Grecian Coffee-house, July 27.

In the feveral capacities I bear, of aftrologer, civilian, and phyfician, I have with great application ftudied the public emolument: to this end ferve all my lucubrations, fpeculations, and whatever other labours I undertake, whether nocturnal or diurnal. On this motive am I induced to publifh a never-failing medicine for the fspleen : my experience in this diftemper came from a very remarkable cure on my ever worthy friend Tom Spindle, who through exceffive gaiety had exhausted that natural stock of wir and fpirits he had long been bleffed with: he was funk and flattened to the loweft degree imaginable, fitting whole hours over the Book of Martyrs and Pilgrim's Progrefs; his other contemplations never rifing higher than the colour of his urine, or the regularity of his


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pulfe. In this condition I found him, accompanied by the learned Dr. Drachm, and a good old nurfe. Drachm had prefcribed magazines of herbs, and mines of fteel. I foon difcovered the malady, and defcanted on the nature of it, until I convinced both the patient and his nurfe, that the spleen is not to be cured by medicine, but by poetry. Apollo, the author of phyfic, fhone with diffufive rays, the beft of poets as well as of phyficians; and it is in this double capacity that I have made my way; and have found sweet, eafy, flowing numbers, are oft fuperior to our nobleft medicines. When the fpirits are low, and nature funk, the mufe, with fprightly and harmonious notes, gives an unexpected turn with a grain of poetry; which I prepare without the ufe of mercury. I have done wonders in this kind; for the fpleen is like the tarantula, the effects of whofe malignant poifon are to be prevented by no other remedy but the charms of mufic: for you are to understand, that as fomne noxious animals carry antidotes. for their own poifons; fo there is fomething equally unaccountable in poetry: for though it is fometimes a difease, it is to be cured only by itfelf. Now I, knowing Tom Spindle's conftitution, and that he is not only a pretty gentleman, but also a pretty poet, found the true cause of his diftemper was a violent grief, that moved his affections too strongly: for during the late treaty of peace, he had writ a molt excellent poem on that fubject; and when he wanted but two lines in the last stanza for finishing the whole piece, there comes news that the French tyrant would not fign. Spindle in a few days took his bed, and had lain there ftill, had not I been fent for. I immediately told him, there was great probability the French would now fue to us for peace. I faw immediately a new life in his eyes; and I knew that nothing could help him forward fo well, as hearing verfes which he would believe worse than his own: I read him therefore the Bruffels poftfcript. After which I recited some -heroic lines of my own, which operated fo ftrongly on the tympanum of his ear, that I doubt not but I have kept out all other founds for a fortnight; and have reason to hope, we shall see him abroad the day before his poem.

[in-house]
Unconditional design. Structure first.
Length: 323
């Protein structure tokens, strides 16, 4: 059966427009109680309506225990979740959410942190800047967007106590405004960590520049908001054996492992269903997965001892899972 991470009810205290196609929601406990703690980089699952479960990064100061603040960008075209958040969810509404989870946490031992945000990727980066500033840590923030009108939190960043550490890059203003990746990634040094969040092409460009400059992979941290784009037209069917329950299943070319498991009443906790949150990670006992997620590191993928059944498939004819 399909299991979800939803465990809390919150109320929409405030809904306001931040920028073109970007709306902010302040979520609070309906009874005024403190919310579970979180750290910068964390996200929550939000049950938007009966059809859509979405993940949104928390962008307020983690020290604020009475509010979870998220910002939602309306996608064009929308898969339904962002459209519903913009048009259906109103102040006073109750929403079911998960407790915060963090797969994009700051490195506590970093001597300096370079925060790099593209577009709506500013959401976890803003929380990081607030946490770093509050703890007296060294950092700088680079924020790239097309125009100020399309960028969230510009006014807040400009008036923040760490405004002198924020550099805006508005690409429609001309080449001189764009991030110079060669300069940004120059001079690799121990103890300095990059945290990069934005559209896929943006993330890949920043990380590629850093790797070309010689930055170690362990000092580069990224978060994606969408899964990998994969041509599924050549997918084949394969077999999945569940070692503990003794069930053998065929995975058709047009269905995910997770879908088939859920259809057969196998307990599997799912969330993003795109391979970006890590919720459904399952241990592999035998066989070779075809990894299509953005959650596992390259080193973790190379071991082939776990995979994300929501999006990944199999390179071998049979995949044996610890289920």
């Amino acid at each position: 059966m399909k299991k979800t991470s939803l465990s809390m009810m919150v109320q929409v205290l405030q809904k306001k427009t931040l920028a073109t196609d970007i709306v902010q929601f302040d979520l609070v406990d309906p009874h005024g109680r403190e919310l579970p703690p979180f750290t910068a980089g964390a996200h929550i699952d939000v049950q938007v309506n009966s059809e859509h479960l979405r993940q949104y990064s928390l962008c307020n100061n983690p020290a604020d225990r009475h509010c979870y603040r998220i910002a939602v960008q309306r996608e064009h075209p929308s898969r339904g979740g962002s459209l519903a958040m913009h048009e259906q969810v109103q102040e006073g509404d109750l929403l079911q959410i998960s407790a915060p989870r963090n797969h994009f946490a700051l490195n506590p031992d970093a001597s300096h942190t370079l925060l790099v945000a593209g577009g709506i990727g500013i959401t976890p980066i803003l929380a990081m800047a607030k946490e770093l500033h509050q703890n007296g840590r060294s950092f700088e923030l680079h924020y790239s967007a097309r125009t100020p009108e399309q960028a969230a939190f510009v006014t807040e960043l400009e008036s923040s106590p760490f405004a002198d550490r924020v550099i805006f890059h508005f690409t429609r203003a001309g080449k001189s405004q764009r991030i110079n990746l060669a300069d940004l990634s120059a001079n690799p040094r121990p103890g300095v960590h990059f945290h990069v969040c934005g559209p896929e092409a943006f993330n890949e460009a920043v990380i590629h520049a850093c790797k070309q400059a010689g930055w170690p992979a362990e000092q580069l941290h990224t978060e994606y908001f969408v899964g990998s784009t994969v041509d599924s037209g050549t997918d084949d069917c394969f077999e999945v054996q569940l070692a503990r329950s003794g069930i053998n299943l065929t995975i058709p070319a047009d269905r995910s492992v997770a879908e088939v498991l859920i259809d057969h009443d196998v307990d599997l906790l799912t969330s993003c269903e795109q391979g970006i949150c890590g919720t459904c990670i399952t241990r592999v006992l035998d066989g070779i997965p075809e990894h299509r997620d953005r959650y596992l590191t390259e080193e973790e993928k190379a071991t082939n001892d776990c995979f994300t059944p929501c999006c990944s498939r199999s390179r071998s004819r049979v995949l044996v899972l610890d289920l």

This, you fee, is a particular fecret I have found out, viz. That you are not to choose your phyfician for his knowledge in your diftemper, but for having it himself. Therefore I am at hand for all maladies arifing from poetical vapours, beyond which I never pretend. For being -called the other day to one in love, I took indeed their three guineas, and gave them my advice, which was to fend for Æfculapius. fculapius, as foon as he faw the patient, cries out, It is love! it is love! Oh! the unequal pulfe! these are the fymptoms a lover feels; such fighs, fuch pangs, attend the uneafy mind; nor can our art, or all our boasted skill, avail —Yet, O fair! for thee-Thus the fage ran on, and owned the paffion which he pitied, as well as that he felt a greater pain than ever he cured after which he concluded, All I can advife is marriage charins and beauty will give new life and vigour, and turn the courfe of nature to its better profpect. This is the new way: and thus Æfculapius has left his beloved powders, and writes a recipe for a wife at fixty.. In short, my friend followed the prescription, and married youth and beauty in its perfect bloom.

Supine in Sylvia's fnowy arms he lies,
And all the bufy cares of life defies:

Each happy hour is fill'd with fresh delight,
While peace the day, and pleasure crowns the night.

From my own Apartment, July 27.

It is

TRAGICAL paffion was the fubject of the difcourfe where I laft vifited this evening and a gentleman who knows that I am at present writing a very deep tragedy, directed his difcourfe in a particular manner to me. the common fault, faid he, of you gentleman who write in the bufkin ftyle, that you give us rather the fentiments of fuch who behold tragical events, than of fuch who bear a part in them themselves. I would advise all who pretend this way, to read Shakespear with care; and they will foon be deterred from putting forth what is usually called tragedy. The way of common writers in this kind